October Giggles and Chuckles
My quiet Saturday morning ended abruptly when my 12-year-old
son, Billy, and one of his friends burst through the door.
“Hey Dad, announced Billy, “have you met the new neighbors?”
“Come on Dad, you have to meet them.”
“Some other time; I’m busy.”
“Dad, you have to meet them now.”
From the urgency in Billy’s voice, I assumed the neighbors
were waiting outside. I set aside my project and went to the
front of the house. No one was there.
“Where are they?” I asked.
“Well, Dad,” he explained, “we haven’t met them yet either,
but our baseball is in their living room!”
A husband reading a newspaper says to his wife, “You know,
honey, I think there might be some real merit to what this
article says, that the intelligence of a father often proves
a stumbling block to the son.”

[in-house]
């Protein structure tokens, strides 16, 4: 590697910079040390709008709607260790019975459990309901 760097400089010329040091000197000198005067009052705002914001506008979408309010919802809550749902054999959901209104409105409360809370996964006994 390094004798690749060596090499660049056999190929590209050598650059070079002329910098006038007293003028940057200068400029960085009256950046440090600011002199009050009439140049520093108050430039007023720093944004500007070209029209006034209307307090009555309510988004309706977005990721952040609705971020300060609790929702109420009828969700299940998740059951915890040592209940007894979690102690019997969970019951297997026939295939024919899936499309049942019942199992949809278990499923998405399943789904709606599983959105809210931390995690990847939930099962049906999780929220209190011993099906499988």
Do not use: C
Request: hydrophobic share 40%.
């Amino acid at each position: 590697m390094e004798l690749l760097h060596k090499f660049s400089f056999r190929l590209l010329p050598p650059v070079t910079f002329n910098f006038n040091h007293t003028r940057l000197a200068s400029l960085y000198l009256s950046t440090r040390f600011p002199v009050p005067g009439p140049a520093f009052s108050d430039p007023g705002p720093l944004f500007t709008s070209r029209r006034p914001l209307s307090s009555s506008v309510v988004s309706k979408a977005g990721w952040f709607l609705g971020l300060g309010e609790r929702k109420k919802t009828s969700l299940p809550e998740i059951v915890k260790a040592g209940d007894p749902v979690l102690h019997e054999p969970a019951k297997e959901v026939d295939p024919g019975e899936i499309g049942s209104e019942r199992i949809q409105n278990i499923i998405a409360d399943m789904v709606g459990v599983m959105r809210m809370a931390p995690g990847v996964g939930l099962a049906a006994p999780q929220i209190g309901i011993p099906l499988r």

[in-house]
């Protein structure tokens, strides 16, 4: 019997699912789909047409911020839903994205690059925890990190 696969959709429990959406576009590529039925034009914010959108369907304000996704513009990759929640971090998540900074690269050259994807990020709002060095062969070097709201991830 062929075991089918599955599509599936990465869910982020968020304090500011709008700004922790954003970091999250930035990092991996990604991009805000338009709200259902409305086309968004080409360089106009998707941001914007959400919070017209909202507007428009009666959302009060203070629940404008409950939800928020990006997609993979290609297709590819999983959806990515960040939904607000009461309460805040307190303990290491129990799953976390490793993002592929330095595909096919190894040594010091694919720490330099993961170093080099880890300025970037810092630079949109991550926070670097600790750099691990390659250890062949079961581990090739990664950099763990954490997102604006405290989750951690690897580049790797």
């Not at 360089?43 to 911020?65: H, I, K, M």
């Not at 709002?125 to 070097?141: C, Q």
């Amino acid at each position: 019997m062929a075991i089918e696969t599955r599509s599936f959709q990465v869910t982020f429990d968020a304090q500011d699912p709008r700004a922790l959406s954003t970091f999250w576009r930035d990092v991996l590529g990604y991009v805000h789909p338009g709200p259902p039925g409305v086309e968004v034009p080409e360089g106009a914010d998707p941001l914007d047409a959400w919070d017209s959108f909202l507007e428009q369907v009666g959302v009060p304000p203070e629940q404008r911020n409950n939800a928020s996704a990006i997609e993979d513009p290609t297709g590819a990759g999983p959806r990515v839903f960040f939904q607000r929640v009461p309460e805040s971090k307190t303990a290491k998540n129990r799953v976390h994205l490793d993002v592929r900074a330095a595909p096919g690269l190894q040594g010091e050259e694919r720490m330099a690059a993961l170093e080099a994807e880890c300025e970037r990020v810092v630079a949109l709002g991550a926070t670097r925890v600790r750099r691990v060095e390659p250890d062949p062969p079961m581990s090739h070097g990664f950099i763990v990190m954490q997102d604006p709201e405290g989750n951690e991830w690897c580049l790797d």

“Well, thank heaven,” said the wife, “at least our James has
nothing standing in his way.”
The pastor’s sermon focused on how God know’s which of us
grows best in the sunlight and which of us needs shade.
“For example,” he said, “roses must be planted in the sun,
but fuchsias thrive in the shade.”
After the service, a woman, her face beaming, approached
“Your sermon did me so much good,” she said.
Before he had time to gloat too much, however, she added,
“I always wondered what was wrong with my fuchsias.”
After our friend Tom had been a temporary Bachelor for
several weeks, we stopped by his Home to visit him. My wife
asked if he was eating Properly. “Well, I do eat a lot of
dog food,” Tom Told her.
“Dog food!” my wife exclaimed, horrified. “I can’t believe
you would be eating anything Like that!”
“Come to the kitchen and I’ll show you,” Tom replied.
Opening the refrigerator door, He waved his hand at a row
of doggie bags from half of the restaurants in town.